Emory Loses Motion to Dismiss Retirement Lawsuit
EMORY — Emory lost a motion to dismiss a lawsuit May 10, filed by former and current Emory University and Emory Healthcare employees, that claims the University has breached its fiduciary responsibilities for its employees by offering poor retirement investment options, according to Bloomberg BNA. Emory is one of 12 universities sued for retirement plans and is the first to face a court ruling. U.S. District Court Judge Charles A. Pannell Jr. accepted the majority of the lawsuits’ claims but rejected the idea that offering too many options can “hurt” the plans’ participants. “Emory University is pleased that some claims in this case were dismissed; we anticipate continuing to vigorously represent our position as the legal process continues,” Associate Vice President of Media Relations Nancy Seideman wrote in a May 15 statement to the Wheel. “Through our retirement programs, we offer access to a range of investment options to provide flexibility in meeting individual needs and retirement goals. We … operate our retirement programs in accord with federal law.”
Emory to Match Undocumented Students’ Need
EMORY — Under a new financial aid program beginning Fall 2017, Emory will fully match all undocumented students’ demonstrated financial aid need with non-governmental loans or grants, according to the Office of Financial Aid website. “A select group of international students each year” receive need-based financial aid, according to the Office of Undergraduate Admissions. Emory is not providing free tuition to undocumented students and the University follows all financial aid laws, Associate Vice President of Media Relations Nancy Seideman wrote in a May 15 statement to the Wheel. She added that no state or federal funds are used for the program. Some conservative news outlets, including Breitbart, criticized the new program for not considering international students.
Winship Cancer Institute Receives ‘Comprehensive Cancer Center’ Status
EMORY — The Winship Cancer Institute earned the “comprehensive cancer center” status from the National Cancer Institute (NCI), according to a May 15 press release. There are more than 1,500 cancer centers in the United States — 47 have comprehensive cancer center status and Winship is the only one in Georgia. According to the NCI, “comprehensive cancer centers demonstrate an added depth and breadth of research, as well as substantial transdisciplinary research that bridges these scientific areas.”
Students Plant Tree in Memory of David Kim
EMORY — Friends of David Kim (17C), an Emory student who died last October, worked with three student organizations, Associate Director of Academic Advising in the Office for Undergraduate Education Frank Gaertner and Campus Services to plant a Korean dogwood tree adjacent to Cannon Chapel to commemorate his life. Student organizations Korean Undergraduate Student Organization (KUSA), Chinese Undergraduate Student Association (CUSA) and Code Zero raised “a little over $1,000,” according to Henry Hong (17C). The tree planting ceremony was held April 24. Students spent $510 on the tree, and the rest of the money will go to Kim’s parents to help fund his younger sister’s college education, Hong said.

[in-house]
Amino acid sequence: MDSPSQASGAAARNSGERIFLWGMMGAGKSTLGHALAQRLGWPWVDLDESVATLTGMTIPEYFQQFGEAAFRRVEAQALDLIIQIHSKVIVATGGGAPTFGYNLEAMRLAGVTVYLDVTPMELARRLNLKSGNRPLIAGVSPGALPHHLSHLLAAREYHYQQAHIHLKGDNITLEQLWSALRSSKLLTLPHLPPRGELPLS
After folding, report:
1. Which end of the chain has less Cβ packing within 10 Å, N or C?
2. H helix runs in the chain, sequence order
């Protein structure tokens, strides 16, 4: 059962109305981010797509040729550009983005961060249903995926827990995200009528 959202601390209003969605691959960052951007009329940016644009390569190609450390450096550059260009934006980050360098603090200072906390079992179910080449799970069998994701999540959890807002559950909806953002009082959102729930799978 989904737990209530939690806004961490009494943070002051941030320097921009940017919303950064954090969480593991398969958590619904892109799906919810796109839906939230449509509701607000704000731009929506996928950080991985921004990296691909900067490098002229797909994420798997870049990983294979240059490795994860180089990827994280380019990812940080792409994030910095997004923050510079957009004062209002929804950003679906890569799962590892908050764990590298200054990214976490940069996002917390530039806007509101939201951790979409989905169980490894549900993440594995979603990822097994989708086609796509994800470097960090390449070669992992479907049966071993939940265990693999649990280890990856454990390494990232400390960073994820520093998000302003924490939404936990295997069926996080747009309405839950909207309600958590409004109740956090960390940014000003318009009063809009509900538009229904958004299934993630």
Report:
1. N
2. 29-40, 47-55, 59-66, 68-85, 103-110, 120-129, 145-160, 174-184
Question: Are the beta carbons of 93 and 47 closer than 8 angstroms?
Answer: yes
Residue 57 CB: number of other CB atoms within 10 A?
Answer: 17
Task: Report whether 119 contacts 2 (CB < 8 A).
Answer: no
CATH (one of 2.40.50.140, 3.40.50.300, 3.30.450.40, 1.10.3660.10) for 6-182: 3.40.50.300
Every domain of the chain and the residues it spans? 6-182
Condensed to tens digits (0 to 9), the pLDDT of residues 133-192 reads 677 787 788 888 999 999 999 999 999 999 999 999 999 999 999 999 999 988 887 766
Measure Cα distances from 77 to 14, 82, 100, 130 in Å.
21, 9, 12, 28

Oxford College Names Hossain-Kabir Room
OXFORD, Ga. — A room in Candler Hall on the Oxford College campus was named “Hossain-Kabir Room” in memory of Faraaz Hossain (15OX) and Abinta Kabir (17OX), who died in the Dhaka, Bangladesh, terrorist attack last July. A ceremony unveiling the 2017 sophomore class gift was held March 29 outside Candler Hall, according to the Oxford College website.
Trump Visits Atlanta
ATLANTA — President Donald J. Trump reaffirmed his alliance with the National Rifle Association (NRA) in a pro-Second Amendment, anti-media speech in Atlanta April 28. Trump, the first president to speak at an NRA convention since Ronald Reagan, also pitched Republican Georgia District 6 congressional candidate Karen Handel to the crowd and attacked her Democratic opponent, Jon Ossoff. “She’s totally for the NRA, and she’s totally for the Second Amendment,” he said. The president also revived his derogatory nickname for Sen. Elizabeth Warren (D-Mass.) while speaking about potential Democratic presidential candidates in 2020. “It may be Pocahontas,” he said.
Clinton Speaks at Law Gala
EMORY — Former President Bill Clinton spoke April 29 at Emory’s School of Law’s Centennial Gala, which was relocated from the St. Regis in Atlanta to the Woodruff P.E. Center (WoodPEC). Clinton urged the audience to fight “alternative facts” and develop “alternative arguments” instead, saying that the United States must “recover [its] balance.” Although the event had originally been booked at the St. Regis about a year ago, Clinton did not confirm his attendance until April 3, 2017, according to Susan Clark, associate dean for marketing and communications at the School of Law. The St. Regis venue’s maximum capacity is around 600 people, so the event was moved to accommodate more attendees. Approximately 1,200 Emory community members attended the gala, Clark said. Former U.S. senator and alumnus Sam Nunn (62L) was awarded the Lifetime Achievement Award.